Nurse Magdalene Kaggwa (pictured right) of M-Lisada Children’s Home explained that counselling children before and after testing and disclosure is a sensitive process.
“Even before testing for HIV, we do counselling,” she says. “We cannot force them to get tested, but we keep on talking to them and counselling them until [he or she] accepts. We also do counselling before revealing the results, and it is very sensitive. After children cope, they slowly get used to the situation. But you have to be very sensitive when revealing results.”
Being “sensitive” requires careful wording and patience. Doctors and counsellors must use kind, simple words the child can understand, without causing fear or confusion.
They must also be willing to take the time to slowly approach the subject, rather than bluntly state that the child has a virus.
Do not treat the child as abnormal
Although children and adults take many of the same medications in different doses, some medicines have not yet been approved for use on children. One of these, Effaverance (EFV), is not used for children under three years due to its side effects on the brain.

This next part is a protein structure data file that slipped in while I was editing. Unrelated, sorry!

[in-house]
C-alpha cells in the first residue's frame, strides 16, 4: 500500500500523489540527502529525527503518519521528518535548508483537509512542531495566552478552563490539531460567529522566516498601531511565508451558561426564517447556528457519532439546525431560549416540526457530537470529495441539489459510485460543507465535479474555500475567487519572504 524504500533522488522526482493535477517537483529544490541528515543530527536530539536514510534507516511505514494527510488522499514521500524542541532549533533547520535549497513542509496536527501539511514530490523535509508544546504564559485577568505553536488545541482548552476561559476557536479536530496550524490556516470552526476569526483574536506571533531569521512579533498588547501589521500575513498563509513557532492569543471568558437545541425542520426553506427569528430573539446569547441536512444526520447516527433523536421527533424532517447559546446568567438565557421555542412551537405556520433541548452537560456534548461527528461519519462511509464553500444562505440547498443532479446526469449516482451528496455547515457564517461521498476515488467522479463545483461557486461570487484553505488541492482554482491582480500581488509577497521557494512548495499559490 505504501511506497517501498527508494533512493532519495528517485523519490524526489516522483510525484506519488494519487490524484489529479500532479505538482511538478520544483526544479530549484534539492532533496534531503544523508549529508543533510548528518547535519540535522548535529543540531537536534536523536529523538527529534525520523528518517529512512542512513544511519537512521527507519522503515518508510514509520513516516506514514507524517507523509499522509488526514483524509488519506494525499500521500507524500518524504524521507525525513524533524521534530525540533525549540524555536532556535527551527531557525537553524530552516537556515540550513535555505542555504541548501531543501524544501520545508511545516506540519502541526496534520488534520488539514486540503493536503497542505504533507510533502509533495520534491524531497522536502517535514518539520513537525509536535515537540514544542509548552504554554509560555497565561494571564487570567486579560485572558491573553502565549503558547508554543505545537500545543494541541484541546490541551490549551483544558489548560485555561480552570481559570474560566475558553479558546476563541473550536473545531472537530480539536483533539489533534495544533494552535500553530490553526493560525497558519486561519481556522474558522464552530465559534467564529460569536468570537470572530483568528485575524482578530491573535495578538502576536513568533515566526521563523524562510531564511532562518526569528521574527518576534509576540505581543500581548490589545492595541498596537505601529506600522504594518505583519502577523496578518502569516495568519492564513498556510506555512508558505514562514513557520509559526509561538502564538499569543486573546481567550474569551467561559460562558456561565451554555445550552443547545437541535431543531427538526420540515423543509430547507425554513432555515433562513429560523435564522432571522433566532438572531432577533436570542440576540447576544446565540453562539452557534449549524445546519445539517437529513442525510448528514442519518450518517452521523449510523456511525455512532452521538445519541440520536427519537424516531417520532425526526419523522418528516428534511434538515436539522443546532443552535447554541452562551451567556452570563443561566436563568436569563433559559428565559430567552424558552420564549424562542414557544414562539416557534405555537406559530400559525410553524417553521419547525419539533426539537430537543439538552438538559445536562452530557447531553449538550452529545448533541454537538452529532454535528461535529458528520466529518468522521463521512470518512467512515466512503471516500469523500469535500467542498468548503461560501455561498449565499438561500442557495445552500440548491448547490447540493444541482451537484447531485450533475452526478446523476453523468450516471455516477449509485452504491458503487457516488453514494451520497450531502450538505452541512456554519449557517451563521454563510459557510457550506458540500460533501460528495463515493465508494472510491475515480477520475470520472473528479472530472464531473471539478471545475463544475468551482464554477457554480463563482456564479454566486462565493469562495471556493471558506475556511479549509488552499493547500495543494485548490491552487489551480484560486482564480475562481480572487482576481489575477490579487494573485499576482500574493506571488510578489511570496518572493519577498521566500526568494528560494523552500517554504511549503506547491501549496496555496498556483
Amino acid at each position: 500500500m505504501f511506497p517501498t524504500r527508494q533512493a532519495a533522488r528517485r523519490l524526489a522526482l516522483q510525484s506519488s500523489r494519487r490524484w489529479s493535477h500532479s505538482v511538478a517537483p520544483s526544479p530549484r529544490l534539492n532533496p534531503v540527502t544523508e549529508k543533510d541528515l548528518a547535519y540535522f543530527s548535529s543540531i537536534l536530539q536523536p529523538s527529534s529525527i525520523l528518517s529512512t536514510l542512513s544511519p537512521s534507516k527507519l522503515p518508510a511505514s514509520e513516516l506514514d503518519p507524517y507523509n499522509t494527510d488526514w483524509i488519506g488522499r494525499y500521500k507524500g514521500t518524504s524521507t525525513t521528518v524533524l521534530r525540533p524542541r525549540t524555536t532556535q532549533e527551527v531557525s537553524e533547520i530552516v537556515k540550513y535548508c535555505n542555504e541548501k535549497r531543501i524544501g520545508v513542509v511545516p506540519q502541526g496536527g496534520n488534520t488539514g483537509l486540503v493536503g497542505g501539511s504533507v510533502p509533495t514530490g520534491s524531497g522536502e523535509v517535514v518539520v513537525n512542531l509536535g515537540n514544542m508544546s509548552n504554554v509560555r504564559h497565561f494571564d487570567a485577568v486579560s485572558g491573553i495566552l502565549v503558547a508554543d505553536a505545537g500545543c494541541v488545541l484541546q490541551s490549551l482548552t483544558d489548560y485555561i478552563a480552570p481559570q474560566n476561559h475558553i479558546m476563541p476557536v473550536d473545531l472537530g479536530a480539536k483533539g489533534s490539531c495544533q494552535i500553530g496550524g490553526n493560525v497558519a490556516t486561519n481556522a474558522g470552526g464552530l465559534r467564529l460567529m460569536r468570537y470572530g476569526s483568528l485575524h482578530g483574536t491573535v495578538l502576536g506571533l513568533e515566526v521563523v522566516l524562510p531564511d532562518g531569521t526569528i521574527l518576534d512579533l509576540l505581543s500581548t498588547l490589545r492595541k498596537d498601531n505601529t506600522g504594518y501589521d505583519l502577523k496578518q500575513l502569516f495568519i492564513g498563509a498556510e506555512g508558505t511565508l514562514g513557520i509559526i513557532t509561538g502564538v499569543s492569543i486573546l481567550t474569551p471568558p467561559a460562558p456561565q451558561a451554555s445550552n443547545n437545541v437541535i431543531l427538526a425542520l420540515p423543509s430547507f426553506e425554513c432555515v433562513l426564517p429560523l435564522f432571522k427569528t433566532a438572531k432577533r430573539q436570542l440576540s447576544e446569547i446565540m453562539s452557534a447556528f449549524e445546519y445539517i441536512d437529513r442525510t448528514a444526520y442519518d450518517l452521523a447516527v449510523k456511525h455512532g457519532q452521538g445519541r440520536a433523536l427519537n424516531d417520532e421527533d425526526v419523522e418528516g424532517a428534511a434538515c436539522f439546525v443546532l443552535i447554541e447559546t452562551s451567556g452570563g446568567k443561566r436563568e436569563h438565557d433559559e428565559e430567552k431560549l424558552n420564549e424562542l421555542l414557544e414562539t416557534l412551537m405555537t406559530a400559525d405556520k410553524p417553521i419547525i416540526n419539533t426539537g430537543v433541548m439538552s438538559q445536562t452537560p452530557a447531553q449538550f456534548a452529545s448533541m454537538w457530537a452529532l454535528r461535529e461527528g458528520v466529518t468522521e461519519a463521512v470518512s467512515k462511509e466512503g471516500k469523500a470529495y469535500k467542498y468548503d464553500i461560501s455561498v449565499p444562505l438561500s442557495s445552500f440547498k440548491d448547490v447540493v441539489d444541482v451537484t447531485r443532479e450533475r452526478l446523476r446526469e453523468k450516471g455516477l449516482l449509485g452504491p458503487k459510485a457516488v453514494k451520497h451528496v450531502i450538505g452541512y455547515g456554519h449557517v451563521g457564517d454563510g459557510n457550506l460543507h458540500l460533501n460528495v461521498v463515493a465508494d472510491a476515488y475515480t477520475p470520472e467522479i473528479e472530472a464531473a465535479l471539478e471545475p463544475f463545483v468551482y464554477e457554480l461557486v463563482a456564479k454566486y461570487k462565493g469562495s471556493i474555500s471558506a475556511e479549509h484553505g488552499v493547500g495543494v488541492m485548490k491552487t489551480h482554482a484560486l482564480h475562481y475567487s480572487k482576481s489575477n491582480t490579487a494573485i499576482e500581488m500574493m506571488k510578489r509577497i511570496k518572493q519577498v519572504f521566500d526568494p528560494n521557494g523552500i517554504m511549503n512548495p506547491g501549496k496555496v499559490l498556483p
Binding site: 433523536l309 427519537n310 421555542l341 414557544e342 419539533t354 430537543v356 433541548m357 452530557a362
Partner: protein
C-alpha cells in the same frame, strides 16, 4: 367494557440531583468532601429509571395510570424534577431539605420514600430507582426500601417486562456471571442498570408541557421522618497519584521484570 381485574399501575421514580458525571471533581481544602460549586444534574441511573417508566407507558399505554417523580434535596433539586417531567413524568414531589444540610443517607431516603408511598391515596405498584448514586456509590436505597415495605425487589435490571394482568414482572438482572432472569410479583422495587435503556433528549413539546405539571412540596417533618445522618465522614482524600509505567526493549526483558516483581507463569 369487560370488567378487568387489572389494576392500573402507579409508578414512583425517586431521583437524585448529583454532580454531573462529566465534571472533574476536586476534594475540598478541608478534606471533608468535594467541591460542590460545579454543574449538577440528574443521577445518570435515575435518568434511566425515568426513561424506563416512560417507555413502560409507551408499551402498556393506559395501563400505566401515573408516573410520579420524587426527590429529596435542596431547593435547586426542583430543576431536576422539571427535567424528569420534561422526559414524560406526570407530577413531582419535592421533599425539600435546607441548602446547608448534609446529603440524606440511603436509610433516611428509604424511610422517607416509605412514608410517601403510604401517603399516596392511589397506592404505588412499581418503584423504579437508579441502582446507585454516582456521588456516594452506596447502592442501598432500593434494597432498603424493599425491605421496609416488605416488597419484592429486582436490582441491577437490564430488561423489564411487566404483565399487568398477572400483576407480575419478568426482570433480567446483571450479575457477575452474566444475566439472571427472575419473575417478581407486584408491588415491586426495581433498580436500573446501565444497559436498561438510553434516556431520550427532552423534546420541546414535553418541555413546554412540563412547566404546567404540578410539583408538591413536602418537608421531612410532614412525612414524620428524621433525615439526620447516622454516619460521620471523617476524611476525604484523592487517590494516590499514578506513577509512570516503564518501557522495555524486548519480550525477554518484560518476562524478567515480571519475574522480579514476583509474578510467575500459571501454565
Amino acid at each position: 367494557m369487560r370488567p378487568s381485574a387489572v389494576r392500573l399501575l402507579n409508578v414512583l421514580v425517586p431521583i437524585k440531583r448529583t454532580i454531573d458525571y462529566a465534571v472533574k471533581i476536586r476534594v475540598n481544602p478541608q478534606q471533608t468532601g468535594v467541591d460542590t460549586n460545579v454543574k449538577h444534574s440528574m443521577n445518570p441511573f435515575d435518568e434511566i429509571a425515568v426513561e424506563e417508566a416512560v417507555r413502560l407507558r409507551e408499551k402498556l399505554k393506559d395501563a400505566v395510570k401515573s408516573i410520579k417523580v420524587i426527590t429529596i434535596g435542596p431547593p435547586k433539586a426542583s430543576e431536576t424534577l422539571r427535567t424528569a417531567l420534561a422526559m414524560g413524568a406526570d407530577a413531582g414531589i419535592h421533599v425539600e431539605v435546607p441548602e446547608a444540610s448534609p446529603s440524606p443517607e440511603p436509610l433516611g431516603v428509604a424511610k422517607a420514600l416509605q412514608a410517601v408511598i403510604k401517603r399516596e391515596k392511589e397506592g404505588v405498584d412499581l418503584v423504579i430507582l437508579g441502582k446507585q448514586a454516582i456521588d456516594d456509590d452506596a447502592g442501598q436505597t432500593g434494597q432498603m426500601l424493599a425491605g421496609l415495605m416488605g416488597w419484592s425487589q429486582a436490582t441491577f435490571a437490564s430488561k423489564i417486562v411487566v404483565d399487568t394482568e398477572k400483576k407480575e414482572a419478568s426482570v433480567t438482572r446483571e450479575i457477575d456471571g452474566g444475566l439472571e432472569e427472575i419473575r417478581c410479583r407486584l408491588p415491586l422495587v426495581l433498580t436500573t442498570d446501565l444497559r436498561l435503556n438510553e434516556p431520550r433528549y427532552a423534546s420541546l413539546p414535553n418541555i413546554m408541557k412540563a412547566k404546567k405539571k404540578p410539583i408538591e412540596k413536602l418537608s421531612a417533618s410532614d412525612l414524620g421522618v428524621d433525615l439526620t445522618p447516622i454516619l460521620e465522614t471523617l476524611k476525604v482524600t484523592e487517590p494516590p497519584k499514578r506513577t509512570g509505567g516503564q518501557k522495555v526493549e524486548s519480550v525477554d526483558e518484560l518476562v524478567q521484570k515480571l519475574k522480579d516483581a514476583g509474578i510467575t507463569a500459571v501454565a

But even these drugs do not have lasting effects.
“[Effects] tend to be transient—they last two to four weeks and tend to disappear,” says Tindyebwa.
In fact, ARVs can actually improve neural development and cognitive delays depending on the age and brain of the child.
“The drugs themselves hardly cause problems,” Tindyebwa says. “It is the stigma, the social interactions that the child has with others, that causes the mental problems, such as depression.”
Doctors suggest the strongest effect of daily ARVs on positive children is the social stigmas associated with treatment. Balungi explained children in boarding schools are especially sensitive because they are not provided the privacy of their own home.
“At home it’s easy because the family knows you are on HIV treatment, so it’s okay to take your pills,” she says. “But it is so difficult for them [adolescents in boarding schools] to get out their medication and take it privately. So many times they don’t take their medications.”
Dr Charles Namisi of Nsambya Home Care also states that lack of support often prevents children from taking their medication daily and regularly.